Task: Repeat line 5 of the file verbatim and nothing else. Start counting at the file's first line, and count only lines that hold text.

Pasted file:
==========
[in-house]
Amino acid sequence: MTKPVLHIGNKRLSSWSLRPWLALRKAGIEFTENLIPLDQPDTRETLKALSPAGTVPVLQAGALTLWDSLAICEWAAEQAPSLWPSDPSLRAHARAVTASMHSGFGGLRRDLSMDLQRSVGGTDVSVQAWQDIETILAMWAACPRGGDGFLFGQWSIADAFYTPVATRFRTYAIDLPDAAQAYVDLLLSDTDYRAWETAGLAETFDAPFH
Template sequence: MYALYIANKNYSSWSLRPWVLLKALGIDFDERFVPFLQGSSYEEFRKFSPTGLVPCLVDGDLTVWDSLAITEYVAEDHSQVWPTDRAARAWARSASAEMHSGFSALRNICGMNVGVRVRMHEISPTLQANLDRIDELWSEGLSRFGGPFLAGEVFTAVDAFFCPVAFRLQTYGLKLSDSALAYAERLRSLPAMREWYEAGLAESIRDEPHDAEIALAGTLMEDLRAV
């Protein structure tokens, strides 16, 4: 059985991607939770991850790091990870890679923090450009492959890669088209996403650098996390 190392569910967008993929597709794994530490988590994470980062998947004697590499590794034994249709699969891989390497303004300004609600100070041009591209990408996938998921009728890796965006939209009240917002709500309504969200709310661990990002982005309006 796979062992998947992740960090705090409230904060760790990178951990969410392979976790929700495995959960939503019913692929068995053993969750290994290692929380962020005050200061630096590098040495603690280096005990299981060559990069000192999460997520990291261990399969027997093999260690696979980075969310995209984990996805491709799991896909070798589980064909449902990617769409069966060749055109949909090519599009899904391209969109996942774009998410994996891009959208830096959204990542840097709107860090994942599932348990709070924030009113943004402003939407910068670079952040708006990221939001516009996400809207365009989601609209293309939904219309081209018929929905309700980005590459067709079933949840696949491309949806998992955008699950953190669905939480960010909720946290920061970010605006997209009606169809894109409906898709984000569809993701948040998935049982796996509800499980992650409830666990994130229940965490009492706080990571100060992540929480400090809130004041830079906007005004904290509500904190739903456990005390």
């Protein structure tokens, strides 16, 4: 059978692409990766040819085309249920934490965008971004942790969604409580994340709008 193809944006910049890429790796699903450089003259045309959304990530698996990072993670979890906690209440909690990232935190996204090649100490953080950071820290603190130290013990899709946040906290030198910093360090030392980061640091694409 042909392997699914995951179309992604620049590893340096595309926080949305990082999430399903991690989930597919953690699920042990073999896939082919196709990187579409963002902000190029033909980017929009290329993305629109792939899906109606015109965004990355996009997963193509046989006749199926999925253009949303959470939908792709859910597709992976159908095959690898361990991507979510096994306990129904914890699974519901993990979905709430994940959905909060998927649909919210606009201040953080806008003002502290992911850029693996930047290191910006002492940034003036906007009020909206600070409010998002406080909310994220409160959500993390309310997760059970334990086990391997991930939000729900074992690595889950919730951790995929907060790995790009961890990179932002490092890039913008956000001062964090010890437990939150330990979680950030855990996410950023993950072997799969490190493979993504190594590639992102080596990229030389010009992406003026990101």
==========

């Protein structure tokens, strides 16, 4: 059978692409990766040819085309249920934490965008971004942790969604409580994340709008 193809944006910049890429790796699903450089003259045309959304990530698996990072993670979890906690209440909690990232935190996204090649100490953080950071820290603190130290013990899709946040906290030198910093360090030392980061640091694409 042909392997699914995951179309992604620049590893340096595309926080949305990082999430399903991690989930597919953690699920042990073999896939082919196709990187579409963002902000190029033909980017929009290329993305629109792939899906109606015109965004990355996009997963193509046989006749199926999925253009949303959470939908792709859910597709992976159908095959690898361990991507979510096994306990129904914890699974519901993990979905709430994940959905909060998927649909919210606009201040953080806008003002502290992911850029693996930047290191910006002492940034003036906007009020909206600070409010998002406080909310994220409160959500993390309310997760059970334990086990391997991930939000729900074992690595889950919730951790995929907060790995790009961890990179932002490092890039913008956000001062964090010890437990939150330990979680950030855990996410950023993950072997799969490190493979993504190594590639992102080596990229030389010009992406003026990101």